New Event “Palapa” for Project Mayan Encounter
[August 2013] A year after finishing my house construction in the jungle, my 5-Star Mayan team helped me adding a 2nd floor on top of my house. My dream was to create a space for retreats and workshops with a focus on healing, well-being and education. The first booked event was a Reiki Retreat, co-created with my very dear, long-time friend from Germany. More news on that separately. I also wanted to bring in Mayan botanists and healers for workshops, as well as experts for nutritional counseling and cooking workshops for diabetic and overweight locals. In the end it became a Bed & Breakfast Inn, to fulfill another of my dreams.
Here is a recap of the construction progress of the upstairs palapa:
The dust had just settled after the construction crew took off in August, and I had about 2 days to “venusify” my “martian” battlefield, until the next wave hit: a tropical storm that brought water masses of the amount that came down with hurricane Wilma in 2006 – just without the wind. And thank God there was no wind, because I would have been washed down thoroughly. It rained through the screen doors very bad, and the water advanced well into the ground level living area. I wanted it all nice and open for air flow, and was not prepared with an awning or shutters. Good lesson!
I scanned my surroundings for quick solutions, and was able to improvise with sticks, ropes, plastic tarps and other props. When the rain stopped for a moment, I risked a quick run to Puerto Morelos to buy better material. The most pressing tasks were to fix the roof of the brand new storage hut, drill drainage holes in the new upstairs palapa, paint the house from the outside with a waterproof product to prevent mold, and also fumigate my brand-new palapa to protect the wood. A thick layer of fungus had already covered everything that was of wood or straw, and there were water puddles on the floor downstairs. The upstairs floor was about 1.5 inch under water and needed to be swept daily – sometimes several times. Especially the downstairs walls to the east and south, from where the rain came, had already very bad water stains and it took several days for them to dry so that I could start painting. This is the subtropical rain forest! Raining season is officially from June-ish to November-ish, and humidity ranges around 90% then. Mirrors and glass fog up from evaporating steam, and the floor sweats a little with each temperature change, just like a bottle of cold something that you take out of the refrigerator and put on the table at room temperature. Drops will run down the bottle, and so you find little sweat drops on the floor for the duration of temperature acclimation. Unless you use an air conditioner or dehumidifier. But I hadn’t gotten there yet.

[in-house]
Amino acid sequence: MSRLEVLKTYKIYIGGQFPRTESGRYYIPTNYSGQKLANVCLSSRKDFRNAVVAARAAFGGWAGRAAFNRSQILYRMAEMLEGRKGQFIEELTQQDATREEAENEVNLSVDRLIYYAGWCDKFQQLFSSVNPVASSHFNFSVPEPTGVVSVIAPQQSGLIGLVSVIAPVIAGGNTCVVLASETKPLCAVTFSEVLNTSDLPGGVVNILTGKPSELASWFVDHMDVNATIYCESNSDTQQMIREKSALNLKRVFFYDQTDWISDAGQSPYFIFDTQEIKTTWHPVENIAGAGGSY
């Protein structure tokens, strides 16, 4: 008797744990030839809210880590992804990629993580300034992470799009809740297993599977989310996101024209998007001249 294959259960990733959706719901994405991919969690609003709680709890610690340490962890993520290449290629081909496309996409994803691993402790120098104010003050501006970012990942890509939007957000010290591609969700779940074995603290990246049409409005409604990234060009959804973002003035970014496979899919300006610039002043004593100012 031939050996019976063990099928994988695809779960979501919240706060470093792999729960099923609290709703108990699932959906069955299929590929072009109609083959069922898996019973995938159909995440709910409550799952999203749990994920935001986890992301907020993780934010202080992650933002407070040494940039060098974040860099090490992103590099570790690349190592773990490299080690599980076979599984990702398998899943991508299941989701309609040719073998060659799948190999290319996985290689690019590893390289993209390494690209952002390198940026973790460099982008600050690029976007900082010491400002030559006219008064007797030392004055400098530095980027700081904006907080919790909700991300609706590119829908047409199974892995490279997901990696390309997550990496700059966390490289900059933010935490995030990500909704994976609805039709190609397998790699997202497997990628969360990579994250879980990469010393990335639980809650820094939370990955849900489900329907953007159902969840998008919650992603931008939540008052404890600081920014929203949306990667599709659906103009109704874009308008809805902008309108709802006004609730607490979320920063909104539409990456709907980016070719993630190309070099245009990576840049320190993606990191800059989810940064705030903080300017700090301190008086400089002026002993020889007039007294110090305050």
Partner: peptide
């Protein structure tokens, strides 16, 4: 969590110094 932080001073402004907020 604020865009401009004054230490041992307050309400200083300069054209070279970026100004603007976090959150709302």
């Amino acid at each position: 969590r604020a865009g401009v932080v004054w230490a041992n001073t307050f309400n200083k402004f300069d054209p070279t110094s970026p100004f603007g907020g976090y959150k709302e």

To test my skills in crisis management, I was sent on a hunt for one special accessory for the fumigator. Then I was forced to deal with a tall, 10-12 inch thick tree that was starting to come down because it got eaten by termites from the bottom up. It leaned on a thinner tree with a bird nest and young ones just hatched. It squeaked from time to time and made me extremely nervous. I didn’t want to risk the birds’ lives, but also not have that heavy tree crash on my well and water pump – my only drinking water source.
Per the weather forecast I had just a few more dry days to work off my to-do list before the next downpour of rain. Clouds of mosquitos filled the air. The good news: I’m off the hook with watering the plants!
Luckily, we always have these nice stretches of sunny days during the raining season to enjoy the beach – and in my case now – continue working on the house so that the upstairs palapa is ready to host retreats and workshops soon, and the house can be rented to travelers.
I was glad that I got my repair list worked off substantially just before the next shower forced me to call it a work day. My bones appreciated the break.
In retrospect I can say that my event palapa saw better days and many awesome events ever after the record rains in 2013. And it is still standing!
Check out photos of the progress on Project Mayan Encounter’s Facebook page.